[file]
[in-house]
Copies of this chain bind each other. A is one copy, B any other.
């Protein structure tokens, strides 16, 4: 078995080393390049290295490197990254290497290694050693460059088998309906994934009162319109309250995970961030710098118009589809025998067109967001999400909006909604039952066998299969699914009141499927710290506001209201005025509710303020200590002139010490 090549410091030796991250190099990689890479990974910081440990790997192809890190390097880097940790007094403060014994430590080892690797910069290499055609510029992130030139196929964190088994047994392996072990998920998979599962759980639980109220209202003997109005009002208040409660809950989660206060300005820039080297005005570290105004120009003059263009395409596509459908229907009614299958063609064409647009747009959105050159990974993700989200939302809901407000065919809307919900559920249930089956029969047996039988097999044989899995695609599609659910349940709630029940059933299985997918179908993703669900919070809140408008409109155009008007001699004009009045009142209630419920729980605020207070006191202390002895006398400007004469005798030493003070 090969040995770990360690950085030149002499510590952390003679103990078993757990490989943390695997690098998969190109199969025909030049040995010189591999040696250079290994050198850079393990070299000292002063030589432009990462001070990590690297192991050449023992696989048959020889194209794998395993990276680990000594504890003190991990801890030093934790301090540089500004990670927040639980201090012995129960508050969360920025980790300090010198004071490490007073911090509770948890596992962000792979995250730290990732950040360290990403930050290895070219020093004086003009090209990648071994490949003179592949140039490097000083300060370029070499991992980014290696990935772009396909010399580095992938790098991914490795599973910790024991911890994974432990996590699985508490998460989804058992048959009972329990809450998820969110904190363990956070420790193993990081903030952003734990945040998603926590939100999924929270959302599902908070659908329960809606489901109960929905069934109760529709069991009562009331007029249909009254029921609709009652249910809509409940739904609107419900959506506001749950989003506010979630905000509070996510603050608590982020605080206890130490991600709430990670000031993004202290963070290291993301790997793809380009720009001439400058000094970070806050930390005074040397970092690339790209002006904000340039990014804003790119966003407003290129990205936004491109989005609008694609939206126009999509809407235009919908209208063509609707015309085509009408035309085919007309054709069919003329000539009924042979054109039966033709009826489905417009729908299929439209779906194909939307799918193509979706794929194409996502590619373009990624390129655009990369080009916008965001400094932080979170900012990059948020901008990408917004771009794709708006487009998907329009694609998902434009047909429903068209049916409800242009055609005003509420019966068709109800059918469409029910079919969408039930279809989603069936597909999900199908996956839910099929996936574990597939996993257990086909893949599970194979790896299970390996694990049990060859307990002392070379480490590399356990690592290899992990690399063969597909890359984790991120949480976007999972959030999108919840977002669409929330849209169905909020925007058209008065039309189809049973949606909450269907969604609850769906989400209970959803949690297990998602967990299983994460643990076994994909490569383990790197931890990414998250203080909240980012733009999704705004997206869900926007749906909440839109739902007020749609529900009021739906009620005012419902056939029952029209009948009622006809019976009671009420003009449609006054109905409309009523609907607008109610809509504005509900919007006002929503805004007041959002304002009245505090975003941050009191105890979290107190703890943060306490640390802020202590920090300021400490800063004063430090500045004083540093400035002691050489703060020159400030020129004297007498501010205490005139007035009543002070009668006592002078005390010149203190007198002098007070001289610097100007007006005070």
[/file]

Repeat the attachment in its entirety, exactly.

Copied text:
[in-house]
Copies of this chain bind each other. A is one copy, B any other.
């Protein structure tokens, strides 16, 4: 078995080393390049290295490197990254290497290694050693460059088998309906994934009162319109309250995970961030710098118009589809025998067109967001999400909006909604039952066998299969699914009141499927710290506001209201005025509710303020200590002139010490 090549410091030796991250190099990689890479990974910081440990790997192809890190390097880097940790007094403060014994430590080892690797910069290499055609510029992130030139196929964190088994047994392996072990998920998979599962759980639980109220209202003997109005009002208040409660809950989660206060300005820039080297005005570290105004120009003059263009395409596509459908229907009614299958063609064409647009747009959105050159990974993700989200939302809901407000065919809307919900559920249930089956029969047996039988097999044989899995695609599609659910349940709630029940059933299985997918179908993703669900919070809140408008409109155009008007001699004009009045009142209630419920729980605020207070006191202390002895006398400007004469005798030493003070 090969040995770990360690950085030149002499510590952390003679103990078993757990490989943390695997690098998969190109199969025909030049040995010189591999040696250079290994050198850079393990070299000292002063030589432009990462001070990590690297192991050449023992696989048959020889194209794998395993990276680990000594504890003190991990801890030093934790301090540089500004990670927040639980201090012995129960508050969360920025980790300090010198004071490490007073911090509770948890596992962000792979995250730290990732950040360290990403930050290895070219020093004086003009090209990648071994490949003179592949140039490097000083300060370029070499991992980014290696990935772009396909010399580095992938790098991914490795599973910790024991911890994974432990996590699985508490998460989804058992048959009972329990809450998820969110904190363990956070420790193993990081903030952003734990945040998603926590939100999924929270959302599902908070659908329960809606489901109960929905069934109760529709069991009562009331007029249909009254029921609709009652249910809509409940739904609107419900959506506001749950989003506010979630905000509070996510603050608590982020605080206890130490991600709430990670000031993004202290963070290291993301790997793809380009720009001439400058000094970070806050930390005074040397970092690339790209002006904000340039990014804003790119966003407003290129990205936004491109989005609008694609939206126009999509809407235009919908209208063509609707015309085509009408035309085919007309054709069919003329000539009924042979054109039966033709009826489905417009729908299929439209779906194909939307799918193509979706794929194409996502590619373009990624390129655009990369080009916008965001400094932080979170900012990059948020901008990408917004771009794709708006487009998907329009694609998902434009047909429903068209049916409800242009055609005003509420019966068709109800059918469409029910079919969408039930279809989603069936597909999900199908996956839910099929996936574990597939996993257990086909893949599970194979790896299970390996694990049990060859307990002392070379480490590399356990690592290899992990690399063969597909890359984790991120949480976007999972959030999108919840977002669409929330849209169905909020925007058209008065039309189809049973949606909450269907969604609850769906989400209970959803949690297990998602967990299983994460643990076994994909490569383990790197931890990414998250203080909240980012733009999704705004997206869900926007749906909440839109739902007020749609529900009021739906009620005012419902056939029952029209009948009622006809019976009671009420003009449609006054109905409309009523609907607008109610809509504005509900919007006002929503805004007041959002304002009245505090975003941050009191105890979290107190703890943060306490640390802020202590920090300021400490800063004063430090500045004083540093400035002691050489703060020159400030020129004297007498501010205490005139007035009543002070009668006592002078005390010149203190007198002098007070001289610097100007007006005070």